Hanging in my office at the Center for Inquiry is a pair of sentiments from Lydia Maria Child.
Lydia Maria Child (February 11, 1802–October 20, 1880) is considered one of the most influential woman writers of the nineteenth century. You probably know one of her poems, yet very few remember her today.
Child converted to Unitarianism after her brother became a UU minister but never felt she could find a religion that matched her needs. At this time, she also began writing, and her topics are what we would refer to today as social justice issues: equal rights for women and Native Americans and the abolition of slavery. Her book An Appeal in Favor of That Class of Americans Called Africans is considered a precursor to Uncle Tom’s Cabin by Harriet Beecher Stowe. Child’s book influenced many people to become open to abolition before Stowe wrote her novel.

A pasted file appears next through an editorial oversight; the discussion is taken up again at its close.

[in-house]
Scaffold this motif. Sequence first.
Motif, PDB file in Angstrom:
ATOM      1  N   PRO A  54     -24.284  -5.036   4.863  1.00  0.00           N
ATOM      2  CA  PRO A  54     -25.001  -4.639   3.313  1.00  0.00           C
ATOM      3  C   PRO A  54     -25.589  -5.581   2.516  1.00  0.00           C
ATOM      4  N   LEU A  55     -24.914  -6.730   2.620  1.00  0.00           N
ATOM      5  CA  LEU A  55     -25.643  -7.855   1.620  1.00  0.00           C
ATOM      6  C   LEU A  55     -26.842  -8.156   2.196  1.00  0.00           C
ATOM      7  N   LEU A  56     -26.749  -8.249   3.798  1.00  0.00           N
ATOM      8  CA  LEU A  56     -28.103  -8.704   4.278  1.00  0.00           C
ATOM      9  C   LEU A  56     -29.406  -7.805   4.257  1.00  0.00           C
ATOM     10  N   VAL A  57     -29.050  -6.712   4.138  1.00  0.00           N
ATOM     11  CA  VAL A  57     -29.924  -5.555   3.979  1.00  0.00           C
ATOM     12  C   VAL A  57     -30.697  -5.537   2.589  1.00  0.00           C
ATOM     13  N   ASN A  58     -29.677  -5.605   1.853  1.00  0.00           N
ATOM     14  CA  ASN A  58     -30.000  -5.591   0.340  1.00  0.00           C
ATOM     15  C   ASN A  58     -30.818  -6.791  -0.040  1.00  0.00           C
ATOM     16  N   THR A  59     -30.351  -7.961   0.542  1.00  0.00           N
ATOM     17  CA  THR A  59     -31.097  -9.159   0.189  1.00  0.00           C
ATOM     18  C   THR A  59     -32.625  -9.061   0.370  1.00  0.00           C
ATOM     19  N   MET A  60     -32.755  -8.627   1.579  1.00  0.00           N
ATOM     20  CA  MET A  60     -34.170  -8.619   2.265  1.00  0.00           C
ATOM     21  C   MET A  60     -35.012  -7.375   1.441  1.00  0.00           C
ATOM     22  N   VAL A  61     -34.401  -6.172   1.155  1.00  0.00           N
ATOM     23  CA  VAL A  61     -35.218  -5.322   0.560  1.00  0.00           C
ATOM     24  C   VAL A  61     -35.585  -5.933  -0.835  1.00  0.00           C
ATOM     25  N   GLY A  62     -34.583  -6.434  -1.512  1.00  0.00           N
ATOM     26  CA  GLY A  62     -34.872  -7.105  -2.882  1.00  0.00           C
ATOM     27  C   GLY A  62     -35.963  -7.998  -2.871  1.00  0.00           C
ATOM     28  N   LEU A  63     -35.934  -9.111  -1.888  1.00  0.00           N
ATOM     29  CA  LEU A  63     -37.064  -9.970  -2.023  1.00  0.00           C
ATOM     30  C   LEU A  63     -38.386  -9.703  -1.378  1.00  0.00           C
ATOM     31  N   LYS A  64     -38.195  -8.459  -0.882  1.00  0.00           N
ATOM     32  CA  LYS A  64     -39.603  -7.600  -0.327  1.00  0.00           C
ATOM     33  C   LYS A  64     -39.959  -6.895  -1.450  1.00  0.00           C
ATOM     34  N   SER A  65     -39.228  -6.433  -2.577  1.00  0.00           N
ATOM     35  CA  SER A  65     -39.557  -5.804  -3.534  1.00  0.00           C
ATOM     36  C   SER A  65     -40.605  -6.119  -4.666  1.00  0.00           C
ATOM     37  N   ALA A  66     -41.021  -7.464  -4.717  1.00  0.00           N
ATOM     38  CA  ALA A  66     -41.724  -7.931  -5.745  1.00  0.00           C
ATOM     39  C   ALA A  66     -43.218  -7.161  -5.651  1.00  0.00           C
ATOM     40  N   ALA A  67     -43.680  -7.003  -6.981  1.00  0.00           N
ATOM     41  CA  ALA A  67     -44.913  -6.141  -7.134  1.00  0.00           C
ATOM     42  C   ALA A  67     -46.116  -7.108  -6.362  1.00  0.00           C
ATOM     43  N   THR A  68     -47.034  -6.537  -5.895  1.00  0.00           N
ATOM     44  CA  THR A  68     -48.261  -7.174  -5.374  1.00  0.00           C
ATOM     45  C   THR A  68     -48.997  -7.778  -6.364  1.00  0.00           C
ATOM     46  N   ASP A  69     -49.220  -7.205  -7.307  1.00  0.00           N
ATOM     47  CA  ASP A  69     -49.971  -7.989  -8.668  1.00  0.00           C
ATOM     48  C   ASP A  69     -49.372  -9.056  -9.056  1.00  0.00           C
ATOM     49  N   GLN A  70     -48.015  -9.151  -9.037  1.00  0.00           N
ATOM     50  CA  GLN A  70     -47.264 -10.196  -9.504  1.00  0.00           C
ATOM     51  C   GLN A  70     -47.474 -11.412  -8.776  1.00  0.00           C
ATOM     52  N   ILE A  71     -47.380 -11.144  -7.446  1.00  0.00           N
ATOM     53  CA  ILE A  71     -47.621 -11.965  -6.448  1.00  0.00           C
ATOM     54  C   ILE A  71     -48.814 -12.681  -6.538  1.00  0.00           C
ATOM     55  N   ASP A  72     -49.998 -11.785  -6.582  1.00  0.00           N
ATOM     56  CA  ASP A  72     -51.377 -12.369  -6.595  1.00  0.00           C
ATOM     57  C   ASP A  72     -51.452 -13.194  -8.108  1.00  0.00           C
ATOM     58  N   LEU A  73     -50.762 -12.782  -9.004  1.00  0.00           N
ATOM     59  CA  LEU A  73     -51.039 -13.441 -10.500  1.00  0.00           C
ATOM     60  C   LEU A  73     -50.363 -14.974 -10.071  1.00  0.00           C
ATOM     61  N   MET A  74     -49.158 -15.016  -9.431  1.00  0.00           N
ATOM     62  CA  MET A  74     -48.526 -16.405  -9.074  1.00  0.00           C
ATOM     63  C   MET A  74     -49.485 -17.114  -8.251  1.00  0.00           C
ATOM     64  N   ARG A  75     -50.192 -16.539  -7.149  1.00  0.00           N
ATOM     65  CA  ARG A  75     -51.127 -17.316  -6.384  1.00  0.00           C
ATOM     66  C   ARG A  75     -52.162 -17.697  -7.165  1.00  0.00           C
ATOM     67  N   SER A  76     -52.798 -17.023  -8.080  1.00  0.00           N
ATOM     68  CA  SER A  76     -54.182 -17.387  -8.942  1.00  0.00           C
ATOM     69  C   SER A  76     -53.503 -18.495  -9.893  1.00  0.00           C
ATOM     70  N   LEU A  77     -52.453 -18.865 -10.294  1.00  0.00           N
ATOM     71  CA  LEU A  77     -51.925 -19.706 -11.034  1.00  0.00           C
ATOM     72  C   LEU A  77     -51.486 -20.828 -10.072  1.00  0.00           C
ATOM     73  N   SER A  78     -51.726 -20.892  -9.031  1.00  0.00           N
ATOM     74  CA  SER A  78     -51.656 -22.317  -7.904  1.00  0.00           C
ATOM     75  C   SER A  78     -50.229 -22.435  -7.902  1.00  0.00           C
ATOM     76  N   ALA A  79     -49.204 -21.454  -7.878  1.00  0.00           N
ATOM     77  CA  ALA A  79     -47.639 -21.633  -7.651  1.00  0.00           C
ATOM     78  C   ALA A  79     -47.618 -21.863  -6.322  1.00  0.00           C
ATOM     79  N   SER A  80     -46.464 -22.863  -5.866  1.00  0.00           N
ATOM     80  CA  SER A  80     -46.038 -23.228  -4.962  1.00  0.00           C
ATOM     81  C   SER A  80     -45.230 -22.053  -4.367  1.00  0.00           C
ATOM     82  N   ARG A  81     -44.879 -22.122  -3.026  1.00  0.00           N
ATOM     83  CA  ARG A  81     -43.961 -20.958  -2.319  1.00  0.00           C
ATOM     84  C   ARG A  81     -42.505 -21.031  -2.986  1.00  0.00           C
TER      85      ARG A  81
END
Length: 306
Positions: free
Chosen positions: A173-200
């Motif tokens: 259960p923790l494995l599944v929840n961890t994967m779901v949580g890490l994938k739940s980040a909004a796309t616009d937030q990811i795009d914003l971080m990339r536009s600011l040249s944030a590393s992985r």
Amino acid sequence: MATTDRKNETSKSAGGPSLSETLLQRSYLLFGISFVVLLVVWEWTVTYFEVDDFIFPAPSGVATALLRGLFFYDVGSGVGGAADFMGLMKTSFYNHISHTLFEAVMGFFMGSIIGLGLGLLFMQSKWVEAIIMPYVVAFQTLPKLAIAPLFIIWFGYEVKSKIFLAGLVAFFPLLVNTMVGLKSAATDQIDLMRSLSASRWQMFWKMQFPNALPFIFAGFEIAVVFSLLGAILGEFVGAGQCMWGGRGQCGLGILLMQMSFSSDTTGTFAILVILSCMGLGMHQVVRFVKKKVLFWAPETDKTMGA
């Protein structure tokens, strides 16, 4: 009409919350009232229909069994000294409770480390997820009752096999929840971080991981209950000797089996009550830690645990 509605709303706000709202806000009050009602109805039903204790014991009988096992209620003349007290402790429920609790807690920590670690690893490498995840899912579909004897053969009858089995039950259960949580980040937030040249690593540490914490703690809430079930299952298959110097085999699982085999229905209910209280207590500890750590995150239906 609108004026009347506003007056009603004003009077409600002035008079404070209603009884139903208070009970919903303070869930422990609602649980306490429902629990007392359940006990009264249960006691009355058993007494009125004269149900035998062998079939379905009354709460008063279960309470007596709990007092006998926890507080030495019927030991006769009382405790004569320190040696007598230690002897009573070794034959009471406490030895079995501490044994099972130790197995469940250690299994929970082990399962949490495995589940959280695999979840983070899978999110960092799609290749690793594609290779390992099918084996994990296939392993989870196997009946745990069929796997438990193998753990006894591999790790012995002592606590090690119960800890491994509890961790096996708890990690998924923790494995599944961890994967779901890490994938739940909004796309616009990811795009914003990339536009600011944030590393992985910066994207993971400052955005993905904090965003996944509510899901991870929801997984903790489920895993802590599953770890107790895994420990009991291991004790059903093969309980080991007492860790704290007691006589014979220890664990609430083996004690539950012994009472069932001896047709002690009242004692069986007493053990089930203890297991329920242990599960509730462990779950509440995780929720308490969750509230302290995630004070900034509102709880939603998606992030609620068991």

Child was also a novelist, poet, and newspaper editor. She wrote the poem that was adapted into a song that is heard every late fall: “Over the River and Through the Woods.”
Here is one of the sentiments that I have on the wall of my office:
If men applied half as much common sense to their theological investigations, as they do to every other subject, they could not worship a god, who, having filled this world with millions of his children, would finally consign them all to eternal destruction, except a few who would be induced to believe in very difficult and doubtful explanations of prophecies, handed down to us through the long lapse of ages. L. M. C.
Lydia Maria Child appears to be another one of those people forgotten by history due to their unorthodox thoughts.